Ceramic: An inorganic non-metallic solid
A ceramic is an inorganic non-metallic solid formed with metal and non-metal materials. Its surface is made hard by heating it on high temperature and to provide it high resistivity, hard and brittle surface.
Types of ceramics
There are two types of ceramics material which is discussed below:
- Traditional Ceramics: The traditional ceramic materials are made by clay materials and quartz sand. Ball clay, China clay, Feldspar, Silica, Dolomite, Talc, Calcite and Nepheline are the common materials used for the formation of ceramic. The materials used have dry strength, plasticity, shrinkage. Hence by mixing in different forms are acquired for the final output. Powder preparation is most significant step in the ceramic formation. Surface area, particle size and distribution, particle shape, density, etc. are the common factors which are considered at the time of production. Powder should have definite particle size, particle shape, and particle density. Milling is done to get the desired particle size. Pottery, tableware, sanitary ware, tiles, structural clay products, refractory’s, blocks, and electrical porcelain are some of the products of traditional ceramics.
- Advanced Ceramics: Industrial use of ceramic in electrical, electronics, optical and magnetic applications has changed its shape from powder to thick material with varied densities. The highly advance production techniques are used so that the produced ceramic powders possess sufficient purity and can acquire a definite shape. The chemical reactions with the ceramic powder such as Sol-gel processing and liquid-gas reactions are processed to produce Si3N4. Many of these methods are very costly. Therefore, powder preparation is always a cost factor in the advanced ceramics industry.
Preparation of Ceramic
Other than firing which is the traditional way of forming ceramic, many other new techniques are used. The techniques of preparing ceramic are given below:
- Extrusion: With the help of a shaped tool, the ceramic powder is converted into paste like material to form a flexible shape.
- Jiggering: it is the process of converting ceramic powder into rotating mould form so that it can be used in electronic and electrical applications.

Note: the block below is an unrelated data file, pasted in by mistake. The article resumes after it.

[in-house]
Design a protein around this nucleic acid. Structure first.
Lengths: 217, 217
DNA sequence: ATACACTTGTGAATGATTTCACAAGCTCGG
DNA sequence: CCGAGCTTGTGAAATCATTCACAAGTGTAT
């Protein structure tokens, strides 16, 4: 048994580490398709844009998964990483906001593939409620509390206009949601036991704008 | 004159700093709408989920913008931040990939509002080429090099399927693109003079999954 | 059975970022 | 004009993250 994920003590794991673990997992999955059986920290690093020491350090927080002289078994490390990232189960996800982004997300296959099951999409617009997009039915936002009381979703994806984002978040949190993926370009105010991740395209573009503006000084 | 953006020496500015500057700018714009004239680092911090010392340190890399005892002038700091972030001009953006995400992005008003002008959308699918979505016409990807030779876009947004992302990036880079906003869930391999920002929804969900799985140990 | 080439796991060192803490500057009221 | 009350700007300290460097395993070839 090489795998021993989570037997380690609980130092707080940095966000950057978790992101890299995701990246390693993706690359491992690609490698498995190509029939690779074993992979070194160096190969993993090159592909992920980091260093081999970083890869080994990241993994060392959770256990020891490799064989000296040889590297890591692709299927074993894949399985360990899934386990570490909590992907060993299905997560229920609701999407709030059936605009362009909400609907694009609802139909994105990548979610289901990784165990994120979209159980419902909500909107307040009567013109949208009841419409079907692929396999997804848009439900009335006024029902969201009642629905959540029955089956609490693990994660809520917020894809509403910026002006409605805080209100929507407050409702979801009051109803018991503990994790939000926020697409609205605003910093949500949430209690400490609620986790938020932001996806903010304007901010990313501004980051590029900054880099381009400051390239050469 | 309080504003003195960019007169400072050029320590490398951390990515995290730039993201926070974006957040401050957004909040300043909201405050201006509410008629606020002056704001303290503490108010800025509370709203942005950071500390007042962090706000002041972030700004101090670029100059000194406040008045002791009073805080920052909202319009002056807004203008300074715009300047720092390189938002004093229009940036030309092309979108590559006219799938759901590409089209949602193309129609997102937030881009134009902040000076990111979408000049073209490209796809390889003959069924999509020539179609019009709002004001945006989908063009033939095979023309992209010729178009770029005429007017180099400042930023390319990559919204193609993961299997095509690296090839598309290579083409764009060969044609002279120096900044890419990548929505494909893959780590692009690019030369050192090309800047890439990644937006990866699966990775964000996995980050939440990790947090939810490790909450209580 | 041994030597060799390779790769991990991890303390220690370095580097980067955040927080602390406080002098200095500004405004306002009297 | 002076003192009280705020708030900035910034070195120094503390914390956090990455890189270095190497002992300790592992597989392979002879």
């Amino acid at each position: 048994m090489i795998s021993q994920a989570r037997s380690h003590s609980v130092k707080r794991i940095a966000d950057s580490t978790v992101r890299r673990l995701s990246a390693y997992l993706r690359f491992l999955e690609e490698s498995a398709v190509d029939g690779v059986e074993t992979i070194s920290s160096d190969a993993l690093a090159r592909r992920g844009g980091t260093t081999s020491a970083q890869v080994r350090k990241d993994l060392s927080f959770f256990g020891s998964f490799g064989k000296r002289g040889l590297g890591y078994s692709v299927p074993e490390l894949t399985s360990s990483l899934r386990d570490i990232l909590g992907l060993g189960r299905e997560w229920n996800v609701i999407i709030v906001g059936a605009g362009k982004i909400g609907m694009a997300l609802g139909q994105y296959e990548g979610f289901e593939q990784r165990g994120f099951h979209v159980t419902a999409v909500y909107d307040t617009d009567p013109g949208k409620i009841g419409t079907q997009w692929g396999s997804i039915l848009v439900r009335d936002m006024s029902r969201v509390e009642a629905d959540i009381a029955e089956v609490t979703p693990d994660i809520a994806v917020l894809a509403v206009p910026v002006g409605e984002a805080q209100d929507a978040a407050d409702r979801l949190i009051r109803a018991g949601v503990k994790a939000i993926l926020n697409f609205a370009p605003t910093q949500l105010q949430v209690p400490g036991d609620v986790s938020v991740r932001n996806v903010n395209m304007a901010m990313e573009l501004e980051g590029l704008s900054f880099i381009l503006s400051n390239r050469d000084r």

- Hot pressing: It is the process of heating the powder at high temperature and then converting into a sheet format which can be used further in different applications.
- Reaction Bonding: A new advanced form of making ceramic which involves forming of silicon powder into a desired shape and then heating it with nitrogen gas. A flexible shape is acquired with high density which can be used in industrial applications.
Applications of Ceramic
- In electronic and electrical industries advanced ceramic materials like Barium Titanate (BaTiO3), piezoelectric materials and semiconductor materials are heavily used for producing ceramic capacitors, vibratos, temperature sensors, oscillators, etc. The ceramics used are called functional ceramics.
- The property of ferro electricity like in Lead zirconate titanate, lead titanate, barium titanate is used to produce applications like sensors, pumps, sonar, microphones, etc.
- Magnetic ceramics are another type of advanced ceramic material that is used for the production of antennas and inductors.
- Bio ceramics like Alumina with high density and purity is used to dental implants.
- Eye glasses, chemical ware, and the replacement of hips and knees, etc. are medical applications of bio ceramic materials.
- Traditional ceramics have been used for civilizations; advanced ceramics is a recently developed field.
- Ceramic is used as a catalytic convertor which is used for controlling air pollution.
- Ceramic is preferred as a light weight components and preferred over metal in many industrial components.
- The piezoelectric ceramic materials can produce small current when used under stress and strain; it can be used to detect metal failures or even the natural calamities like earth quake.
- It can be used as coating in the fluorescent bulbs and tubes.